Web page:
As a new author, you most likely will not get much say on your book. It’s not to say you won’t get any–I have a friend that was able to provide her input on the cover design with Random House–but it means they don’t have to take it. They’re going to do what’s best for the sales of the book.

**Marketing-

Big house, more marketing dollars, right? Depends. Choosing a large publishing house doesn’t mean you won’t have to market your book.

The marketing budget is determined with your contract–a good idea for where you stand is based off your advance, but your agent will also be able to let you know what the publisher has agreed to do. The rest is up to you.

(Read my complete guide to easily market your book here.)

**Publication Reach-

This is probably one of the best reasons to choose a big publishing house: their massive pull! Not only will your book be on Amazon and in Barnes & Noble, but these companies have contacts at retailers like Sam’s Club, Target, Publisher’s Weekly, etc. And local bookstores are more likely to pick up a book from a big publisher first.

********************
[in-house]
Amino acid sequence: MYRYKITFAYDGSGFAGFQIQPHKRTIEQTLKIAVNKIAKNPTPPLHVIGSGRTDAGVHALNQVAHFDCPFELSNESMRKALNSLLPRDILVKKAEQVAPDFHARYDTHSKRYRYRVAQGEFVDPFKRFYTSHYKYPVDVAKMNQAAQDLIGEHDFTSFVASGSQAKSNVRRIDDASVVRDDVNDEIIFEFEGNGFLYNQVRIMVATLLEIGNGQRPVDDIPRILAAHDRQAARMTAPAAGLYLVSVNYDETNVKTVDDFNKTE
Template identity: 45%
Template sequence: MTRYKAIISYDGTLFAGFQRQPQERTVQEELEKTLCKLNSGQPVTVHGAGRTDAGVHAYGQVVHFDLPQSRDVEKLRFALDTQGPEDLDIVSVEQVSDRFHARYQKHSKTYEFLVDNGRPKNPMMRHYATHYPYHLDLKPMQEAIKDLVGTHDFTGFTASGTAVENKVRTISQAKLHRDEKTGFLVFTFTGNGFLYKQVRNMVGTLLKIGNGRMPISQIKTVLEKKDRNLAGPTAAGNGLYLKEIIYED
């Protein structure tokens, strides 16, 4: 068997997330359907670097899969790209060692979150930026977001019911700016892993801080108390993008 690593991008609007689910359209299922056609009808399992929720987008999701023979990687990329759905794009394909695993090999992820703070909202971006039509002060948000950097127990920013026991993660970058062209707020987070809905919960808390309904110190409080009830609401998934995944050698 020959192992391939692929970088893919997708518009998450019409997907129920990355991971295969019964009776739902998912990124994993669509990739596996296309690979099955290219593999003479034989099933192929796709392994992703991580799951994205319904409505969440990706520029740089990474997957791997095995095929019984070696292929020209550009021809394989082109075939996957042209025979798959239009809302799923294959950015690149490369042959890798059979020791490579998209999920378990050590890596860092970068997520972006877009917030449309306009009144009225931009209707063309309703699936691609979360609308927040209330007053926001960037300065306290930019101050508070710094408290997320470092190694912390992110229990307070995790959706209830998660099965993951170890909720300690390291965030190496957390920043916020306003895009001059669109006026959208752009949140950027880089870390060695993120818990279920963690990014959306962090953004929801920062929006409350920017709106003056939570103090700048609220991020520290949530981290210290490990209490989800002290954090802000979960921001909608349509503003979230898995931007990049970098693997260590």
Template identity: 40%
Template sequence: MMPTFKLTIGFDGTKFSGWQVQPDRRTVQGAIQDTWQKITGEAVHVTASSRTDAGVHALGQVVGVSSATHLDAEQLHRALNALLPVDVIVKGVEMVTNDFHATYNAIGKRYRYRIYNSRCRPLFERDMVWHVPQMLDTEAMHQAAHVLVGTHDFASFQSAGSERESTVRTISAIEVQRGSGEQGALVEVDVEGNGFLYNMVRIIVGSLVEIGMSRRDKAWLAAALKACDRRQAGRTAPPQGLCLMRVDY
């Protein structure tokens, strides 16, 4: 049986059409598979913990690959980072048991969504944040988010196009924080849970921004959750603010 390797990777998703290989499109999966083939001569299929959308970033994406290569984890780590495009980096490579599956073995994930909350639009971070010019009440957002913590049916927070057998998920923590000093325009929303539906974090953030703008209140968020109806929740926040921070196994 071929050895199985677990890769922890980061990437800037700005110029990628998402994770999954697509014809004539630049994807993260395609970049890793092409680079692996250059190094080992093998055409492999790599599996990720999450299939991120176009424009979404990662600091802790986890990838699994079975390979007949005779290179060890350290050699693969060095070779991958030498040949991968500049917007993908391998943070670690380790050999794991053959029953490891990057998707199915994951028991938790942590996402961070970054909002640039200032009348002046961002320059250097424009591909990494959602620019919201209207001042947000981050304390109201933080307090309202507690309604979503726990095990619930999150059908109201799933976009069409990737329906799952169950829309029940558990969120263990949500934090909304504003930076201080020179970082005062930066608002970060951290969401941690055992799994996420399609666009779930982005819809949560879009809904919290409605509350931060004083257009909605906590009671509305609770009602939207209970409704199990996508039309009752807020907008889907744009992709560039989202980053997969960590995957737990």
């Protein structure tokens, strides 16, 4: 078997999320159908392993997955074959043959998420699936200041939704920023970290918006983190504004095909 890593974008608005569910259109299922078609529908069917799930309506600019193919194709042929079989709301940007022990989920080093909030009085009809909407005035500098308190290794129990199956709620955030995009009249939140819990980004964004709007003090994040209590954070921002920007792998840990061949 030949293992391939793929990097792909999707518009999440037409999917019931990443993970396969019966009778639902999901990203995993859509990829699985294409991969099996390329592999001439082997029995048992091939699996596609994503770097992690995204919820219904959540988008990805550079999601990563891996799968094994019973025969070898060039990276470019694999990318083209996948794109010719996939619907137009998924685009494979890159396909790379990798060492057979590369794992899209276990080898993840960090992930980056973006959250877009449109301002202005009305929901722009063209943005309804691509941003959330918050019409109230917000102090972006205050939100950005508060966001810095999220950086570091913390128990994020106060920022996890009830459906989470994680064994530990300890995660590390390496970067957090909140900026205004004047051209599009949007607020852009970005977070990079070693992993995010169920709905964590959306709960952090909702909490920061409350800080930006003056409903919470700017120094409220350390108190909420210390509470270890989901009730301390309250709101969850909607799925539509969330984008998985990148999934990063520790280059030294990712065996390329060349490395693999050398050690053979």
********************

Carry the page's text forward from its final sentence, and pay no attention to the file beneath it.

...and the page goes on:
The name alone feels like validation that it’s a good book–regardless of what’s inside.


There isn’t a wrong or right choice when you’re picking a publisher. Make sure to weigh the pros and cons of both options before making your choice. Only you know how to choose the publishing house that’s going to work best for your story!

Be sure to consider the submission process, author input, marketing dollars, & publication reach into your decision. And know that no matter where you go, it will still be your job to sell your book.

Free Children's Book Publishers Guide

For more articles on publishing your book, read these:

Remember to Choose the Publishing House for you!